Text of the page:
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FTC and DOJ: The PTO’s Efforts to Enhance Patent Quality Will Promote Competition, Innovation, and Consumer Welfare

On May 6, 2015, the U.S. Department of Justice (“DOJ”) and U.S. Federal Trade Commission (“FTC”) submitted public comments to the U.S. Patent and Trademark Office (“PTO”) commending the PTO for its efforts to enhance patent quality and making specific recommendations on how the PTO may improve its processes. The comments are important both for the content of the recommendations and as an example of the increasing trend of FTC and DOJ concern with issues relating to patents.

The DOJ-FTC comments praise the role of a “well-functioning” patent system in promoting innovation, competition, and consumer welfare, but stated that the patent system only “serves its intended purpose if it promotes and protects innovation and does not inadvertently serve as a barrier to it.” The agencies noted that the quality of patents and the PTO’s work directly impacts competition and innovation, and they emphasized the role of clear notice of patents’ boundaries to both promoting collaboration and reducing “needless litigation.” The agencies also said that they understand that improving patent quality might add costs or delays in patent issuance, but that it was their position that the benefits of improved patents outweighed such costs to private parties.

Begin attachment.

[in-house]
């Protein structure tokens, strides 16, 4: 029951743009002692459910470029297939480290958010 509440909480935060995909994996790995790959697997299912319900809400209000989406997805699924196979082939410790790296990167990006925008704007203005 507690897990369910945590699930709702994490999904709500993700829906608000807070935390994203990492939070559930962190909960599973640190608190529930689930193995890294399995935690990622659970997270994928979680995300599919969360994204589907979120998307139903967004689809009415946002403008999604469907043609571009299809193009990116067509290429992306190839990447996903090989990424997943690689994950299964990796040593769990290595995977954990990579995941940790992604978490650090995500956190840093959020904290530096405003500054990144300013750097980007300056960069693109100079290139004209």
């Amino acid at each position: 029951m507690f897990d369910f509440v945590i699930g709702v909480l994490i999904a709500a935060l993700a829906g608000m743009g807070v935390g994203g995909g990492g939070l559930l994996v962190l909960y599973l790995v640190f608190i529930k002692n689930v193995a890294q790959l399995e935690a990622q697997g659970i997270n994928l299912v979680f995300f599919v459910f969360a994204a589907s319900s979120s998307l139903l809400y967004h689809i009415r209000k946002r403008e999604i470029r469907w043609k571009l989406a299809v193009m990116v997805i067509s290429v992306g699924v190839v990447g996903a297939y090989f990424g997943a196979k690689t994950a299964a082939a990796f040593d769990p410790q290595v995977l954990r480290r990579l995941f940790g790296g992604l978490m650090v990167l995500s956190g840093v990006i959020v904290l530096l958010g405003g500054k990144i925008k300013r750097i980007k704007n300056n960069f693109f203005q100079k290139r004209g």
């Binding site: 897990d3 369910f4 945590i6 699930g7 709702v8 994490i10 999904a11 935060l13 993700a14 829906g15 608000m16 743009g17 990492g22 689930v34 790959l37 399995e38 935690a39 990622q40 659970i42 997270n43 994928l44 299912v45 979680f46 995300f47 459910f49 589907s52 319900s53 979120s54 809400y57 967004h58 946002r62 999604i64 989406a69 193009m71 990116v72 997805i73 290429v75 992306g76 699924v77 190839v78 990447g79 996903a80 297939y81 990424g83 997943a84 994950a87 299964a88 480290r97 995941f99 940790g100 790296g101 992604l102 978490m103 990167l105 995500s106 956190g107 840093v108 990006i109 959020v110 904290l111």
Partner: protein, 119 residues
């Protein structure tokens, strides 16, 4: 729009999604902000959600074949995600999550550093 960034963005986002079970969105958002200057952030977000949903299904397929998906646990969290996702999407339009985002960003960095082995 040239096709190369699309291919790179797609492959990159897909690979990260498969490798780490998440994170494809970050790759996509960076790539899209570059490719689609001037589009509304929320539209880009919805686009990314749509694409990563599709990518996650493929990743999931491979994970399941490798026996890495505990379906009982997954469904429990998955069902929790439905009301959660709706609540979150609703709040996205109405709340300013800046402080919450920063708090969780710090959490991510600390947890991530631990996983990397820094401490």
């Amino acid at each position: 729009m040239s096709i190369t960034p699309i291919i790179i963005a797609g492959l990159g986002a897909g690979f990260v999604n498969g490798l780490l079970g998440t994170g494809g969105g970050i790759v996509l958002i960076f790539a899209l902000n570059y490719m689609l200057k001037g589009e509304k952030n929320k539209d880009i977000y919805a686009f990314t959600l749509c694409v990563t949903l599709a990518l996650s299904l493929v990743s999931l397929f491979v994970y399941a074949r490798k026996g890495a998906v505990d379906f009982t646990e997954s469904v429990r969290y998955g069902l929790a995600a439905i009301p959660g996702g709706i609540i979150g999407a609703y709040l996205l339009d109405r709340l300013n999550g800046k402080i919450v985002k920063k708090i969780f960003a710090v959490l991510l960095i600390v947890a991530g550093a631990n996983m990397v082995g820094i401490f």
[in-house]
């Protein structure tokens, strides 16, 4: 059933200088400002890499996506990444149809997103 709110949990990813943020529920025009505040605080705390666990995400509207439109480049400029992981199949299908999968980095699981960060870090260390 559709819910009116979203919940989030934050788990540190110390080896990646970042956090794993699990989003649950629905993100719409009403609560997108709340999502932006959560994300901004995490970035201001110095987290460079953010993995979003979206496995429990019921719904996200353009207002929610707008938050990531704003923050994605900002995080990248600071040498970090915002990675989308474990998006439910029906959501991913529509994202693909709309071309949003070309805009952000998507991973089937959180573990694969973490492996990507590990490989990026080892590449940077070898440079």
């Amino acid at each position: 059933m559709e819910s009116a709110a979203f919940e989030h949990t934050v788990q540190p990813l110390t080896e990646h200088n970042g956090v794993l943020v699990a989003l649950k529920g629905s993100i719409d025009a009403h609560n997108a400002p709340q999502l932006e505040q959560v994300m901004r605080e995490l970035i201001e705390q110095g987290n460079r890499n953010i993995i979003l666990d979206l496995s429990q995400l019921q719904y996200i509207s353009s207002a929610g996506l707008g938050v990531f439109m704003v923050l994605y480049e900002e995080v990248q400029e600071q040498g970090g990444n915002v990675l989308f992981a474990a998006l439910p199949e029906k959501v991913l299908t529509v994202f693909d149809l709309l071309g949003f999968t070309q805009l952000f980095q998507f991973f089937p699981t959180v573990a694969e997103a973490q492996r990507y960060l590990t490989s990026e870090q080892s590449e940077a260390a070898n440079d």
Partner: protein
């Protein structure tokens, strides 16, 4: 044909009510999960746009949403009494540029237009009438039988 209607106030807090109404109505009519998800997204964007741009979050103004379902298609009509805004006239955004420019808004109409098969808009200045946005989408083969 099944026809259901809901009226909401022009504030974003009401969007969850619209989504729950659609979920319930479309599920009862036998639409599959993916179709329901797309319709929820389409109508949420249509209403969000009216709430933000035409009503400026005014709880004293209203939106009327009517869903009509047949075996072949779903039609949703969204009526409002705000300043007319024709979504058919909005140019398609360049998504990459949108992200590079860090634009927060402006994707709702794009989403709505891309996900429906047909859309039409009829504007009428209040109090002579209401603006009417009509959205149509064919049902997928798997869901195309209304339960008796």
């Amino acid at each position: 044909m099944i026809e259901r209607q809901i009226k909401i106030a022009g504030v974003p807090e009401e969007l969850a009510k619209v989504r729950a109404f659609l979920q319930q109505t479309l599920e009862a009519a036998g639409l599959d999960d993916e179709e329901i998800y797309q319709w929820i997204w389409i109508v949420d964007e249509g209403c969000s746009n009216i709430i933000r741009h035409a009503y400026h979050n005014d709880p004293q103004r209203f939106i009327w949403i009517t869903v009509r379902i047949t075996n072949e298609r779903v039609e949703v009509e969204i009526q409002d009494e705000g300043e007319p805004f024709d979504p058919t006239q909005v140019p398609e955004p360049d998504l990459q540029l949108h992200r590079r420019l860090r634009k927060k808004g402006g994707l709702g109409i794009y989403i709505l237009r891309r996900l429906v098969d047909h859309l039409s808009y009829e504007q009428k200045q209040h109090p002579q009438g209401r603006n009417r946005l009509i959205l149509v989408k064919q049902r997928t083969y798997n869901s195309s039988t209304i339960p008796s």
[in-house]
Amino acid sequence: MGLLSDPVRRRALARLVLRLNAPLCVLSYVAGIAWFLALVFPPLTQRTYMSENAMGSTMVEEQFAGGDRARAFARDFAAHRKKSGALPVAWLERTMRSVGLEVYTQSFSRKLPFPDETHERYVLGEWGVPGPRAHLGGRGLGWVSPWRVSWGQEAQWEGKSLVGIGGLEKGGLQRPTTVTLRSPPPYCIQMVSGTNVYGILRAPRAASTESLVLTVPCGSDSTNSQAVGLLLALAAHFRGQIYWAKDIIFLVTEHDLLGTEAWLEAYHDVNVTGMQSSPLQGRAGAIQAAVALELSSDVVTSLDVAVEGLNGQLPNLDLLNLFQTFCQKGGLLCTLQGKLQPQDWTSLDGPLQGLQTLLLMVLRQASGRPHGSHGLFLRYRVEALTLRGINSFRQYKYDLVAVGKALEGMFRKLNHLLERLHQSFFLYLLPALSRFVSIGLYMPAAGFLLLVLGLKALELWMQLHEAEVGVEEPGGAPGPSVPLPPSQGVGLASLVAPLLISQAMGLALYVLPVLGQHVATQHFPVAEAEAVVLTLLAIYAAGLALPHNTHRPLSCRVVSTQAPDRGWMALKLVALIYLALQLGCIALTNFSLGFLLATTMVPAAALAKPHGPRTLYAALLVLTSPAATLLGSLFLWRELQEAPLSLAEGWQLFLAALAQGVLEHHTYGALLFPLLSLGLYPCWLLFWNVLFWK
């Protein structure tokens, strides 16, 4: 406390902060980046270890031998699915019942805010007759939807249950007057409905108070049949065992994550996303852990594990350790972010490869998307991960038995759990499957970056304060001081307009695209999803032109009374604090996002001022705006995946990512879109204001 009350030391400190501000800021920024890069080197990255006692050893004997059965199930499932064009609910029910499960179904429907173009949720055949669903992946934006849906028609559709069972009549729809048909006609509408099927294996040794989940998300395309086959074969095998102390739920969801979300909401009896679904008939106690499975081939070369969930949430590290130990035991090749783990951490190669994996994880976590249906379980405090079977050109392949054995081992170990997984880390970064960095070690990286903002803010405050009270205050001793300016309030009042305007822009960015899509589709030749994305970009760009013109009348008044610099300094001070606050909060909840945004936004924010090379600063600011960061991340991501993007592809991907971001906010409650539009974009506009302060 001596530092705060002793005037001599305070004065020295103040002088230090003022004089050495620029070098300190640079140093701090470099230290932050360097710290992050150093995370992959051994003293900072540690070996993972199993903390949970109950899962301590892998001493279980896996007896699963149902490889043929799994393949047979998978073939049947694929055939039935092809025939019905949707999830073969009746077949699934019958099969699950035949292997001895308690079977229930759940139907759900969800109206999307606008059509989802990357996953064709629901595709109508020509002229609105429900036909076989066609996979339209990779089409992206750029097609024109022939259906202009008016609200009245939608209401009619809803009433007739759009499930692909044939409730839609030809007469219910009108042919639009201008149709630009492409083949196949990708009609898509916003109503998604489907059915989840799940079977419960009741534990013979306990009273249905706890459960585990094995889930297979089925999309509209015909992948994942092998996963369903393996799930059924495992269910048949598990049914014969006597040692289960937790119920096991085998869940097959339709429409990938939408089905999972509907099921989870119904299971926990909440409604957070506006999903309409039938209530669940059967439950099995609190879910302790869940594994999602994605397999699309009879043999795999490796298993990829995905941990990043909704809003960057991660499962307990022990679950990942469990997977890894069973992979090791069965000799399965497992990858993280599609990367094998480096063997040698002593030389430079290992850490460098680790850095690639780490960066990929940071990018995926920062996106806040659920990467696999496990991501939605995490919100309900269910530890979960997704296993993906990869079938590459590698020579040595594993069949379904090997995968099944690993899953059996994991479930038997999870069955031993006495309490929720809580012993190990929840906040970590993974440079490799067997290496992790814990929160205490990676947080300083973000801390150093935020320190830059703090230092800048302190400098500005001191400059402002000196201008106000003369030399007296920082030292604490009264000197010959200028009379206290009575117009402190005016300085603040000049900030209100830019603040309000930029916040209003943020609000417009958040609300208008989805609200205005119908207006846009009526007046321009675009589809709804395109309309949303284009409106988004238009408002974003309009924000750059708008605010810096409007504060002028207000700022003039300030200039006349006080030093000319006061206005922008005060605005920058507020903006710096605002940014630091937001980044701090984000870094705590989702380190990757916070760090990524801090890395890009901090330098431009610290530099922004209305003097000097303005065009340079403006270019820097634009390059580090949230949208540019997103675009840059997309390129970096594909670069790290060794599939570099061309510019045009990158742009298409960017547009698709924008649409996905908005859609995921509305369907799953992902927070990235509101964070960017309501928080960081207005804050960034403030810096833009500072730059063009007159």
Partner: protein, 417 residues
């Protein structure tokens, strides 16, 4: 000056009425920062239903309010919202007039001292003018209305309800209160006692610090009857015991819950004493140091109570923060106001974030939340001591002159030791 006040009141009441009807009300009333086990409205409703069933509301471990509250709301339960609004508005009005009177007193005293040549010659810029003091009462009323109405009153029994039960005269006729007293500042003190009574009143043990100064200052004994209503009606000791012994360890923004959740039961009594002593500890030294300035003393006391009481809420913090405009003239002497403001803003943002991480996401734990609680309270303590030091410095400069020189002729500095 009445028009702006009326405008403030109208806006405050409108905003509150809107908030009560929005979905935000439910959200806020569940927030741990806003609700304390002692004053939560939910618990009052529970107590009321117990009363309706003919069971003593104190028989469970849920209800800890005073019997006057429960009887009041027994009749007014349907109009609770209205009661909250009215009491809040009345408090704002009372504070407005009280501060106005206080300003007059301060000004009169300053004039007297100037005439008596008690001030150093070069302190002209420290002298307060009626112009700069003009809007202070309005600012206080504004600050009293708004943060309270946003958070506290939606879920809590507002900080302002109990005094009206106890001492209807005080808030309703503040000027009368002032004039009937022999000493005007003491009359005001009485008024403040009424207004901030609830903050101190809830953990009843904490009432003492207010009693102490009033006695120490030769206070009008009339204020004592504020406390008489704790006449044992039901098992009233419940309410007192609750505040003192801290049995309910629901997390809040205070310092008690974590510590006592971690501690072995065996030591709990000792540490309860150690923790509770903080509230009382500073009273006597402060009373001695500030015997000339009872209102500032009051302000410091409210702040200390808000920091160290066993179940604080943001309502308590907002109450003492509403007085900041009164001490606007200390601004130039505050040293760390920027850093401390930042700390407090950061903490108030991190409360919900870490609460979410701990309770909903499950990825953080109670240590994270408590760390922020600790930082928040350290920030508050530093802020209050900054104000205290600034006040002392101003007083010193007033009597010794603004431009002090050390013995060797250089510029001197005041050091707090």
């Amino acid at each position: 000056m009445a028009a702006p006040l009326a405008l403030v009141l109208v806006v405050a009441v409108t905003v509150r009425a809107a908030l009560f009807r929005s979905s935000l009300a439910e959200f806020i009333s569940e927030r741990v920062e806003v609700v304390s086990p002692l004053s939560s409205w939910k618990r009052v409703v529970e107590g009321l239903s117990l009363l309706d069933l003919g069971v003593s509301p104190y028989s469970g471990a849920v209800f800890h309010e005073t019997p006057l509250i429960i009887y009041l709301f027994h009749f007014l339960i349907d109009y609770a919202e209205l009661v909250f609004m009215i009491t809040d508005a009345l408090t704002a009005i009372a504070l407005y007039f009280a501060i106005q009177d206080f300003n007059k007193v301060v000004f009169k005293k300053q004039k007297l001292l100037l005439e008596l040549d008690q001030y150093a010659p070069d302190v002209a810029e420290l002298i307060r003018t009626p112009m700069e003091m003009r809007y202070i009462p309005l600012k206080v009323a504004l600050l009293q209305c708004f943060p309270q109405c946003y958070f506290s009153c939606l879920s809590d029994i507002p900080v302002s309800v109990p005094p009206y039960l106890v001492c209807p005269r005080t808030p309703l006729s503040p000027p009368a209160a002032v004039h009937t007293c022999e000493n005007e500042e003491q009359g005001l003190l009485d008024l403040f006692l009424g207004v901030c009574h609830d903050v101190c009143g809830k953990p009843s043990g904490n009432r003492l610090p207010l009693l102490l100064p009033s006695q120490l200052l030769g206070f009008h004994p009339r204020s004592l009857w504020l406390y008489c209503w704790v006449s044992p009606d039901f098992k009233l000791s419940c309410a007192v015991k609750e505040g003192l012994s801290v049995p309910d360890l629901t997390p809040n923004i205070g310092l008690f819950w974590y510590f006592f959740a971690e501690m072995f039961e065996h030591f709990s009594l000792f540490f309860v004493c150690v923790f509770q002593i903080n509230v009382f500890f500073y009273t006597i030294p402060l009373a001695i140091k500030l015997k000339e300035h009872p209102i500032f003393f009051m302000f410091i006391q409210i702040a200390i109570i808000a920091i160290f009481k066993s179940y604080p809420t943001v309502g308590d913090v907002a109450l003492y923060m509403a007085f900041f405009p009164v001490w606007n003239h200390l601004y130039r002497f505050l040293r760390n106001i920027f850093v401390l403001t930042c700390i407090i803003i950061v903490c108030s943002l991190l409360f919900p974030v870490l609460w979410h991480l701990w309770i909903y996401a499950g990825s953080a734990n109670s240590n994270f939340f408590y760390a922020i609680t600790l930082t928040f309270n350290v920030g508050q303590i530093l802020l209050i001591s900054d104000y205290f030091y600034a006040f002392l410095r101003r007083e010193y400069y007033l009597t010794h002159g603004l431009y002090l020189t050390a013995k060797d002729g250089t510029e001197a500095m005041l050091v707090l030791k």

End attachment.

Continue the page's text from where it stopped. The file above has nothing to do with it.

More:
The DOJ and FTC expressed their support of certain PTO proposals for improving its processes, including:

  • The expansion of Office of Patent Quality Assurance review, which is a program that allows for additional review and a “second-pair-of-eyes” in certain technical fields and industries;
  • Providing patent examiners with access to improved, automated, pre-examination prior art searches, though they ask that there also be tools that can search sources of non-patent prior art, particularly in the area of business method patents; and
  • Increasing the clarity of the prosecution history to provide clear patent boundaries by
    1. Making claim construction explicit in the prosecution record by increased reporting of exchanges between the examiner and applicants that discuss claim meaning and patent scope;
    2. Recommending that patent examiners include more detail when recording the summaries of their interviews with applicants; and
    3. Encouraging patent examiners to provide more detailed statements of reasons for allowance that, for example, summarize how the granted claims are distinct from the prior art of record.

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Dionne Lomax